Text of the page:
The Fastest Known Time website may hold over 5,900 unique routes for you to discover and explore, but what do you do when you have a new concept for an FKT challenge? How do you turn your wisp of an idea into a fully fledged, accepted route to be recorded and entered into the FKT community? In this article, we will walk you through the basic steps from FKT conception to completion so that you can be confident that your idea will be one accepted by the FKT editors.
1. Start with a unique, interesting idea.
One of the key things to remember when developing a new route is that it should be compelling; ask yourself if others would be interested in completing your proposed route? Why? Is the route beautiful in a special way, technically challenging, historically interesting? Does the route tell a story, or does it lead to a deeper understanding of place? Perhaps the route offers an opportunity to a community that historically does not have the opportunity to set an FKT (i.e. an urban FKT easily accessible by public transportation). Your route should have meaning that you can articulate in a few sentences; this will be part of the submission criteria. Your route should be at least 5 miles (8 km) long or have more than 500 feet (167 m) of elevation gain.
2. Research the existing FKTs and known time data.
Once you have an idea firmly in hand, it’s time to research. Your first stop should be the fastestknowntime.com website to make sure that there is not an existing route that is similar to what you have planned. The editors are looking for unique routes – a bucket list of adventure options that others will be inspired to do. If your concept looks very similar to one that is already out there, go back and challenge yourself to come up with something more original. Only Known Times – taking on a route that no one has ever tried before – is a great place to start.
If the route that you would like to do is a variation of an existing route (i.e. a different approach to a peak, or a double out & back of an existing route), you should email the regional editor of that area to request a variation on that existing route rather than submitting a new route.
If you do have an original route in hand, your next step is to check out the Strava segment data to see if there are existing times on the route. You can create a new route with an existing Strava time; you’ll just want to be sure to note it in your write-up about the route.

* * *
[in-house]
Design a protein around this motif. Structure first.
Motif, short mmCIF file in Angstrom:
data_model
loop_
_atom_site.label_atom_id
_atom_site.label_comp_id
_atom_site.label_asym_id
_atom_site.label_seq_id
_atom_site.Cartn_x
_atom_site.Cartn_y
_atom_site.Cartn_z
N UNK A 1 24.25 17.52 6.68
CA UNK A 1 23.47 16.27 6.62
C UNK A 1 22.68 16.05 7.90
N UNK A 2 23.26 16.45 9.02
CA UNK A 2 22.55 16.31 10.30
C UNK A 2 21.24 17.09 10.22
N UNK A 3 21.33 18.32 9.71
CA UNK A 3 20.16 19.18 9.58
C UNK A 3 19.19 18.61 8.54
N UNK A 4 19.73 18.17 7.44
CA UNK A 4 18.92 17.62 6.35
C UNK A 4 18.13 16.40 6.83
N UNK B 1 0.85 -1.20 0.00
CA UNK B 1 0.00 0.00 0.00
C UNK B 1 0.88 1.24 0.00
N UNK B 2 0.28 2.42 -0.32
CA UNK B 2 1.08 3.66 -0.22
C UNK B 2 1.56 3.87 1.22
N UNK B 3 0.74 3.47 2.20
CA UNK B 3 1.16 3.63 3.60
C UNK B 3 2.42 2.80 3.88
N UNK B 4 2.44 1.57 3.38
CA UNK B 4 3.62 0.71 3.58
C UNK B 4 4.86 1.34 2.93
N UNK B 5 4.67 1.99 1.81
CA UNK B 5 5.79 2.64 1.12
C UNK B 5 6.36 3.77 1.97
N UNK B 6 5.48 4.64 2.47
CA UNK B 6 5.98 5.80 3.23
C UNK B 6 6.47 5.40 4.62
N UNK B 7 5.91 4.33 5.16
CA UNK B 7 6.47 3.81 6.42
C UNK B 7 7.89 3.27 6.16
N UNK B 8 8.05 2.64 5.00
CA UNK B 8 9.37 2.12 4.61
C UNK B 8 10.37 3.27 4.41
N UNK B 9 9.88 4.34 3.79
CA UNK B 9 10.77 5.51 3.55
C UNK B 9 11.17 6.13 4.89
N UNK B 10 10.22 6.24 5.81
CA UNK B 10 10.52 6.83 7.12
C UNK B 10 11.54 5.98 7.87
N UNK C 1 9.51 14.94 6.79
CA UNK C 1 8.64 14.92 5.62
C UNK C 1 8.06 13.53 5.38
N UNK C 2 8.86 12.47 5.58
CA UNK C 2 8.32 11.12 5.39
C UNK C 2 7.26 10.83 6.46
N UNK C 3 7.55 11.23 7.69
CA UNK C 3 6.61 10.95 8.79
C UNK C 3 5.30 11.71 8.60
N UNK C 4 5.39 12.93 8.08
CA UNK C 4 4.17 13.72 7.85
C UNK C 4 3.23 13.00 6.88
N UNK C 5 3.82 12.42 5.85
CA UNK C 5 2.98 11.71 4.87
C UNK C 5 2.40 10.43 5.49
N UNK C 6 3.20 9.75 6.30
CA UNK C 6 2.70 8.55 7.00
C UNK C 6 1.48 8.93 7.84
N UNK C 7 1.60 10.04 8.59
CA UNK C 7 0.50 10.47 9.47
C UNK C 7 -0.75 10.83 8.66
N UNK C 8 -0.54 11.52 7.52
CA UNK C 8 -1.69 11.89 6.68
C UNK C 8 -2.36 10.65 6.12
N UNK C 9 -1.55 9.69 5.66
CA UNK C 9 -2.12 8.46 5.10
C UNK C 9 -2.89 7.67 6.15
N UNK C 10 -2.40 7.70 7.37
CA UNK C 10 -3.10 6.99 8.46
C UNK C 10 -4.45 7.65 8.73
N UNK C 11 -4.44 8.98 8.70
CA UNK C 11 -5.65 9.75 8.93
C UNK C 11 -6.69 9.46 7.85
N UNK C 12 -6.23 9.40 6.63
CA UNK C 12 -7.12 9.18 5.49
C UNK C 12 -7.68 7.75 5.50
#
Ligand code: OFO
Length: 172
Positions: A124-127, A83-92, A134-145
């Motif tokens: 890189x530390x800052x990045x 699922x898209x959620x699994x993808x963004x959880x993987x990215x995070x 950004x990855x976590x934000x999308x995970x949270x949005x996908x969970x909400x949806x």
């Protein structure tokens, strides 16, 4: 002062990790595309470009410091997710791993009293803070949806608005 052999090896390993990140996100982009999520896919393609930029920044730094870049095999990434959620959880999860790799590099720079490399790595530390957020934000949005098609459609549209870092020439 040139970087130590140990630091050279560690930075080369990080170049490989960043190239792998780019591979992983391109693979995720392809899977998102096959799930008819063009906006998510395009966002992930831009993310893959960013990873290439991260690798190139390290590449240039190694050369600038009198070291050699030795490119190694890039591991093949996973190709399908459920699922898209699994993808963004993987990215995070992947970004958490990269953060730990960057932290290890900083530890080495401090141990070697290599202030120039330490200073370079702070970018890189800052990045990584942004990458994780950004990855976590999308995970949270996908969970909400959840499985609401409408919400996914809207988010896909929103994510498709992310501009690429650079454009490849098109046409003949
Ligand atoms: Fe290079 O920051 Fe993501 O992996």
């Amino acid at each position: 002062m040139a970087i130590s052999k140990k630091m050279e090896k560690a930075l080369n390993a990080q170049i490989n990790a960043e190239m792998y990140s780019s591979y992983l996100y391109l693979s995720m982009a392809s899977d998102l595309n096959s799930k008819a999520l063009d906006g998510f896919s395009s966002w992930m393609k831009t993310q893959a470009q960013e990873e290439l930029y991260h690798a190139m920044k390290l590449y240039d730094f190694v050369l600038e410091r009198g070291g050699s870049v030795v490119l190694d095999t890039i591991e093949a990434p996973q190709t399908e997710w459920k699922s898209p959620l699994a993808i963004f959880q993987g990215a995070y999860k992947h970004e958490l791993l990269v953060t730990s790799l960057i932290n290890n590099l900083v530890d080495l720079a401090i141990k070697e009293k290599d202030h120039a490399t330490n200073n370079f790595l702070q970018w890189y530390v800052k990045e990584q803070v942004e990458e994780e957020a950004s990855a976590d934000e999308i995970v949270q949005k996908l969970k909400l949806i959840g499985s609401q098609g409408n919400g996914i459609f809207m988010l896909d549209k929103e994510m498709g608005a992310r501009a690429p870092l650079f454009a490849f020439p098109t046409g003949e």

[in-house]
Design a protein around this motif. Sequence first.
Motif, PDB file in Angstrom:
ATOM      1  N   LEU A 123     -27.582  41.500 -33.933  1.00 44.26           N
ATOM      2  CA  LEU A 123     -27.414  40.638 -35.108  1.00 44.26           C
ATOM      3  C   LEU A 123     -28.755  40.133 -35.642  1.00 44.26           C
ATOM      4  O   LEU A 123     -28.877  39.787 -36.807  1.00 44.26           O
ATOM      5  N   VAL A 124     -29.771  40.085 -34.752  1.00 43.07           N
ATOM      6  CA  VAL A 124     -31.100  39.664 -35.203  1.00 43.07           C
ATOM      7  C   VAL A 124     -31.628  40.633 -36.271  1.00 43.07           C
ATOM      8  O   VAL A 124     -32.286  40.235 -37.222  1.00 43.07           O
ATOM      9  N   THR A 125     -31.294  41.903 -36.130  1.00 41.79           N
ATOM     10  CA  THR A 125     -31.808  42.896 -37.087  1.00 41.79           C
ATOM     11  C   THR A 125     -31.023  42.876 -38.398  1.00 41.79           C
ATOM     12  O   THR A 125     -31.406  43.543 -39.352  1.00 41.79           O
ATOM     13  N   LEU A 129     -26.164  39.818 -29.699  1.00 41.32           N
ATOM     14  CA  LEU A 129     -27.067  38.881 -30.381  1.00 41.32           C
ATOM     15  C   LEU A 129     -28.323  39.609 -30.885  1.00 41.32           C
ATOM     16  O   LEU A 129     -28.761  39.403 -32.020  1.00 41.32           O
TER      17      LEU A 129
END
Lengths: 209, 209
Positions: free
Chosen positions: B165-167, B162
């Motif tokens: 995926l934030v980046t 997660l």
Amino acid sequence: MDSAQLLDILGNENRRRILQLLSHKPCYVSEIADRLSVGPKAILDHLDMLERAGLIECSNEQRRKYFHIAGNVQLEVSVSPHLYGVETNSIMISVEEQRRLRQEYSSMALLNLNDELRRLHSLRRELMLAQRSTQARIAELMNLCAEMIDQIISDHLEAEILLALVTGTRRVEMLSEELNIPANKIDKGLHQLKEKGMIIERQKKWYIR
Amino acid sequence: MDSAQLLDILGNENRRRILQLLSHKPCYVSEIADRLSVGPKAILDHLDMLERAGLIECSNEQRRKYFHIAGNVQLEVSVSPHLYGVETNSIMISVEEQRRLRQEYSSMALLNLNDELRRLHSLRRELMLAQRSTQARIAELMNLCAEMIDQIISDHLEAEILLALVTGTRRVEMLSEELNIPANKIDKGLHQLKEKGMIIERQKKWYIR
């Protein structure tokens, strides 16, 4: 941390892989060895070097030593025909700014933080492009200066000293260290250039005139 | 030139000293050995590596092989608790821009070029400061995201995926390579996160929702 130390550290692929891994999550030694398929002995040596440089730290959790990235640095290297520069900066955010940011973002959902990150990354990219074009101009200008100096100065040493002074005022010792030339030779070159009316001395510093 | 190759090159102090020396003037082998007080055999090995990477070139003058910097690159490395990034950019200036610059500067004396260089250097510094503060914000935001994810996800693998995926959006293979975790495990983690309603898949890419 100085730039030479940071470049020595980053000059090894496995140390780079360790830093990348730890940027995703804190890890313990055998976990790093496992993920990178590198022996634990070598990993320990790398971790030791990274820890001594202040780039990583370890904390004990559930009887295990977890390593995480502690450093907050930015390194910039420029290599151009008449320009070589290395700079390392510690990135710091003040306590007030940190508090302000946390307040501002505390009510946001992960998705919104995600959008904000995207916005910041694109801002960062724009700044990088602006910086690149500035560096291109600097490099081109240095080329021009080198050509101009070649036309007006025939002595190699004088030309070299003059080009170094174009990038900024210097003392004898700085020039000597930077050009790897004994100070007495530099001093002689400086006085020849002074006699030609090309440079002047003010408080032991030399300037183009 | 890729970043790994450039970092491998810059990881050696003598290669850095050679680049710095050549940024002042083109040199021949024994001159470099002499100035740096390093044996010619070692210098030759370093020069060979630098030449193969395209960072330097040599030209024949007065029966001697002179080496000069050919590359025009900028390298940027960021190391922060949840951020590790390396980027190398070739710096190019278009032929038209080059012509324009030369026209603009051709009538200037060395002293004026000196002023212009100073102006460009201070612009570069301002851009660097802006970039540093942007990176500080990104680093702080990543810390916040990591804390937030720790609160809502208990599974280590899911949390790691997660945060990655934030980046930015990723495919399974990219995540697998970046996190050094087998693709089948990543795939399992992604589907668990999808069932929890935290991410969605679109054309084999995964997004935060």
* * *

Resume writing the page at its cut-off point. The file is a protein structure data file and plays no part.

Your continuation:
3. Create a solid map of your route.
Once you have a route in mind, have confirmed that it is an original concept, and checked out any known times, it’s time to create a .gpx file of the route. There are many options for creating .gpx files from scratch, including GaiaGPS, CalTopo, Komoot, OnX and Avenza Maps. You’ll want to carefully plan the route, taking care to note if there is private property or restricted access issues that could make the route difficult to complete. The best routes will offer full public access and not require users to break any laws in the completion of the FKT.
Should you attempt the route for the FKT before submitting?
This is one of the great debates in the FKT community. Some will argue that you should claim the FKT before you submit the route, while others will argue that you should simply do the route at a slower speed for intel prior to turning it in. Still others will encourage you to submit the route first, have it accepted, and then go for the FKT once you have confirmation that they will accept it as a route. You’ll find examples of routes that fit all of these scenarios; many of the unclaimed FKTs are routes that have been turned in and never completed. It really is up to you and your preference as to which way you go. Some will argue that turning in a route before you run it opens you up to the possibility that someone will do the route faster than you before you have a chance to claim it, but this would not be enough of a concern to deter any of us.
You can submit a new route and the FKT for the new route at the same time if you wish. You can also simply submit a new route that you have done at a leisurely pace without ever claiming the FKT.
4. Write up the description for the FKT website and hit submit. Don’t forget to use great photos!
The argument for why your FKT route should be accepted is the backbone of the route description. You should include the distance and elevation gain for the route, as well as notes about accessibility and any other concerns or specifications that could cause issues down the road (i.e. if the true summit is tricky to find, you should write up directions to make sure others who follow go to the proper spot in their efforts). Be specific about start and end points. This is also where you will talk about why you chose the route – for its history, beauty, technical challenge, etc. Photos are important at this stage, as these are one of the biggest selling points for any route. Make your submission as complete as possible; this will up your odds of route acceptance.
Once you have your .gpx file, photos and description, you’ll need to create an account on fastestknowntime.com (if you don’t already have one) and turn in your submission. The editors typically respond in a week or two.
5. Celebrate your creativity.
Whether that means you snag the FKT for your brand new route, share it with your friends as a challenge, or simply screenshot your labor on the FKT website, you should be proud of the route that you created for others to explore. Route creation is an essential part of the FKT community, and your contribution is a welcome part of the process.
We hope to see your creations out in the community!